New Orleans Institutes Wide-Ranging Ban on Smoking in Bars
Sponsored adThis sponsor paid to have this advertisement placed in this section.
New Orleans put the kibosh on smoking in bars at midnight on Wednesday, a move that many believed would never happen in the city known for its raucous nightlife. The New Orleans City Council passed its ban against smoking in most public places, including bars, casinos and restaurants, in January by a unanimous vote, the New Orleans Times-Picayune reports.
Though New Orleans seems like the last place to regulate any form of hedonism, the ban had actually been a long time coming. A Louisiana state law banned smoking in restaurants in 2006, and a number of New Orleans bars and clubs had already prohibited smoking on the premises. Many bar owners objected, claiming they could lose up to 20% in revenues in the first year. A group of bar owners along with downtown casino, Harrah's New Orleans, have joined in filing a lawsuit to stop the ban.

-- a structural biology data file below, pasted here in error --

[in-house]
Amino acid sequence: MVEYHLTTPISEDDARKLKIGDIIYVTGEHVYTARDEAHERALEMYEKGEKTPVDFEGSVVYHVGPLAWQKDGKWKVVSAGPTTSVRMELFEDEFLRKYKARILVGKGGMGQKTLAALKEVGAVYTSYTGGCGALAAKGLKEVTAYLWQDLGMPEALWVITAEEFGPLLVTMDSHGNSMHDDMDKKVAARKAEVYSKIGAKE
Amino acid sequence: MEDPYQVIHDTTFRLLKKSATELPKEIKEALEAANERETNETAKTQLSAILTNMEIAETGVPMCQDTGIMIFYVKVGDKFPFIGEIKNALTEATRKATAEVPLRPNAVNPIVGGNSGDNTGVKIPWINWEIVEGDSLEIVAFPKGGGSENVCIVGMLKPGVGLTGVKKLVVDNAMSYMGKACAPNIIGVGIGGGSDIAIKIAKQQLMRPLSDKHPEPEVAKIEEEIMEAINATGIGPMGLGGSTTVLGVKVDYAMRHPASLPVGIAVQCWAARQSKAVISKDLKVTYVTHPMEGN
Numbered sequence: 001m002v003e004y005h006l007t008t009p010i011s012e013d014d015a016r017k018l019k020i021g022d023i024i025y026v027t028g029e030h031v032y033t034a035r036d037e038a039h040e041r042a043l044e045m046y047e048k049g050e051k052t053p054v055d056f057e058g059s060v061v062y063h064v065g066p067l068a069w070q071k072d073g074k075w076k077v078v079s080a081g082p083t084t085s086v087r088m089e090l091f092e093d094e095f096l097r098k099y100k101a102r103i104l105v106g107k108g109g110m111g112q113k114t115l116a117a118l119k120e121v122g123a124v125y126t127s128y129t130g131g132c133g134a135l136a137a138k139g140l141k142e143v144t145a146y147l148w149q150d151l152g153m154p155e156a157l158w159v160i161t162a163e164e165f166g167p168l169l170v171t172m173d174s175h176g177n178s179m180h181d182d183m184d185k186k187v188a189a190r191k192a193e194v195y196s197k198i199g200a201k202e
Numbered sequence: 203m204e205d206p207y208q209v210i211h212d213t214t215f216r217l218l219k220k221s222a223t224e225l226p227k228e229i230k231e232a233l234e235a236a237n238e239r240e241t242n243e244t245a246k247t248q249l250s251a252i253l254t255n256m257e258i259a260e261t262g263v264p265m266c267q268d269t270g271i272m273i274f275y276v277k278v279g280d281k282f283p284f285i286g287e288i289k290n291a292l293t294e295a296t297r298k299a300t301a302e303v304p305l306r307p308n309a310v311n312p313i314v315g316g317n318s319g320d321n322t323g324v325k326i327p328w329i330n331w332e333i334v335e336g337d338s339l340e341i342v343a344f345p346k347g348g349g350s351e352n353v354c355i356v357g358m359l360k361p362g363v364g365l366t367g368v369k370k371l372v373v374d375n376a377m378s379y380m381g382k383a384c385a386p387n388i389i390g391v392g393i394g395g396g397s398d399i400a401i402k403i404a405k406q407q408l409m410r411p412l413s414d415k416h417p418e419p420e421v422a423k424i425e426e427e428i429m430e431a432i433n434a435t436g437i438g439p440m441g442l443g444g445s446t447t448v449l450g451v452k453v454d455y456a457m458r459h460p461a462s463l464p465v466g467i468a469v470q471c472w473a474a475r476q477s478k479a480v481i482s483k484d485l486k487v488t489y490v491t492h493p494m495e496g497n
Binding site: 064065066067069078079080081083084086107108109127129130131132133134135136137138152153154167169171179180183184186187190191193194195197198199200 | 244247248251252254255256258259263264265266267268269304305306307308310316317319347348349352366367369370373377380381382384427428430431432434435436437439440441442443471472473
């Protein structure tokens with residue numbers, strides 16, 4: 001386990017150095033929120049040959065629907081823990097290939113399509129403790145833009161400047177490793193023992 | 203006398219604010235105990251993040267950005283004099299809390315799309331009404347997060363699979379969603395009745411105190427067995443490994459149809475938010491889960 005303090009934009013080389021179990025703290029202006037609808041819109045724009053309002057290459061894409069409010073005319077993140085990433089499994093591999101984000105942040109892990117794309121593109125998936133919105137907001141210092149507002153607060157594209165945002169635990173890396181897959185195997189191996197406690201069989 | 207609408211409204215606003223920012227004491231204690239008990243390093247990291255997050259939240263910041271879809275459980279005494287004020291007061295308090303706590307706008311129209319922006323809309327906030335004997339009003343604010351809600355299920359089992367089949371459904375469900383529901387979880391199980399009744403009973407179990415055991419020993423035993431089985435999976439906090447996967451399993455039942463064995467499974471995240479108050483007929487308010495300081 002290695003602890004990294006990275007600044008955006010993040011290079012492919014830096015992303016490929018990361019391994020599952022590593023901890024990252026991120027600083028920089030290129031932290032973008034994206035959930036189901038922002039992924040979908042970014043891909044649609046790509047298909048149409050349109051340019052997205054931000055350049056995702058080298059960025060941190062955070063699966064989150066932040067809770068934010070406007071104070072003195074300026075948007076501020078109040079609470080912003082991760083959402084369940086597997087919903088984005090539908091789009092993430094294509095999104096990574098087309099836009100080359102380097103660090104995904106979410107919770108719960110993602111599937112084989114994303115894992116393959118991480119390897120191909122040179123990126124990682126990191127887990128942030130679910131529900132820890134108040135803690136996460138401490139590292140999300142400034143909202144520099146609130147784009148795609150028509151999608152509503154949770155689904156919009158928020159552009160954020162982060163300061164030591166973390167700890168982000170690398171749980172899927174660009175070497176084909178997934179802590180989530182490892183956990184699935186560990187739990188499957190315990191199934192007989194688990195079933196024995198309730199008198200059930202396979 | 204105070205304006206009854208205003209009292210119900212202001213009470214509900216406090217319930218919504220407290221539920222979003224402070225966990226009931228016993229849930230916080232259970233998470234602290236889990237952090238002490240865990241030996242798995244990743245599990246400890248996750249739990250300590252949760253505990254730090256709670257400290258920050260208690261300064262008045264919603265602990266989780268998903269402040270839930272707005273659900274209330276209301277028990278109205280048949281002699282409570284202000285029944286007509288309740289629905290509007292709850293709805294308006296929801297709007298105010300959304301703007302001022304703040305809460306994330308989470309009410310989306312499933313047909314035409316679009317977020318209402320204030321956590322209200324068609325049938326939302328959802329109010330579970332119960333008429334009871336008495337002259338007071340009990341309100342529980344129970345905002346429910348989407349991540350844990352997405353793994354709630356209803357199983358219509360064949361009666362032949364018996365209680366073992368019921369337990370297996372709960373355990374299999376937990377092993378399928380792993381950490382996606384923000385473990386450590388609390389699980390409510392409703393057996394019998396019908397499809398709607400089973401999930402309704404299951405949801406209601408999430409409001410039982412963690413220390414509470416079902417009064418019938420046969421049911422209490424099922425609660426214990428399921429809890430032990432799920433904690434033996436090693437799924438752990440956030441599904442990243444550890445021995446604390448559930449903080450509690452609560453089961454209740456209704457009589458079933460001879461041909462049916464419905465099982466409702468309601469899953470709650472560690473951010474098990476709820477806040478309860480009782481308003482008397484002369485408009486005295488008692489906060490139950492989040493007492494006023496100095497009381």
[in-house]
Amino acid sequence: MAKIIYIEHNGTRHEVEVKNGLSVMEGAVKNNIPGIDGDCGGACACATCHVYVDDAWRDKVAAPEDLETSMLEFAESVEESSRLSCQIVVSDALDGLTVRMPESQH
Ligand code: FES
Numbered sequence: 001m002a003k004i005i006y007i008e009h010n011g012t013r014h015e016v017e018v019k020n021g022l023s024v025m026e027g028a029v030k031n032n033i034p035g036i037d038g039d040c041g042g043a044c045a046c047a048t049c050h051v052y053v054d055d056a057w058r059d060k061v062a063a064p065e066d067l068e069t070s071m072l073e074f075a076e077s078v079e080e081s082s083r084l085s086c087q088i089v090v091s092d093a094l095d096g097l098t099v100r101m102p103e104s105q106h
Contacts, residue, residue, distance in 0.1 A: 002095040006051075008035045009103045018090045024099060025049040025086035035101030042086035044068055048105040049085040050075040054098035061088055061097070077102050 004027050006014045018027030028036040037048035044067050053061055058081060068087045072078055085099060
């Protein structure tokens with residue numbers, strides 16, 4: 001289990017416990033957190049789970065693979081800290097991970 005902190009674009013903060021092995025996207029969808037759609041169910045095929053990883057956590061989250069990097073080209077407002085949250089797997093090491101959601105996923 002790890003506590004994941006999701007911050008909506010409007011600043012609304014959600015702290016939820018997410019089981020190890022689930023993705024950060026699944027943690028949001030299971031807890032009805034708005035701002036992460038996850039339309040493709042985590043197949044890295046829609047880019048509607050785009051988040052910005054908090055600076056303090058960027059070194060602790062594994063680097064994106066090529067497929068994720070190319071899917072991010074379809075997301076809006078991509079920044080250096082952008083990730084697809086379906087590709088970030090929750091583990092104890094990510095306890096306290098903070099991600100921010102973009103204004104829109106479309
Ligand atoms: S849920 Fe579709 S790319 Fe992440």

“It’s that overall bohemian kind of free spirit that we have in New Orleans that makes it so unique, and it’s why people love it,” said Shelly Waguespack, the owner of Pat O’Brien's, one of the businesses filing the suit.
But city leaders and proponents of the ban say it is intended to protect the health of service industry workers. Permitting smoking in bars for the sake of business is “exploiting people who have the least access to health care,” said Bethany Bultman, the president of the New Orleans Musicians’ Clinic and Assistance Foundation.
New Orleans is one of the last places in the country to ban smoking in bars, with a few major cities, like Las Vegas and Philadelphia, still holding out, according to the American Nonsmokers’ Rights Foundation.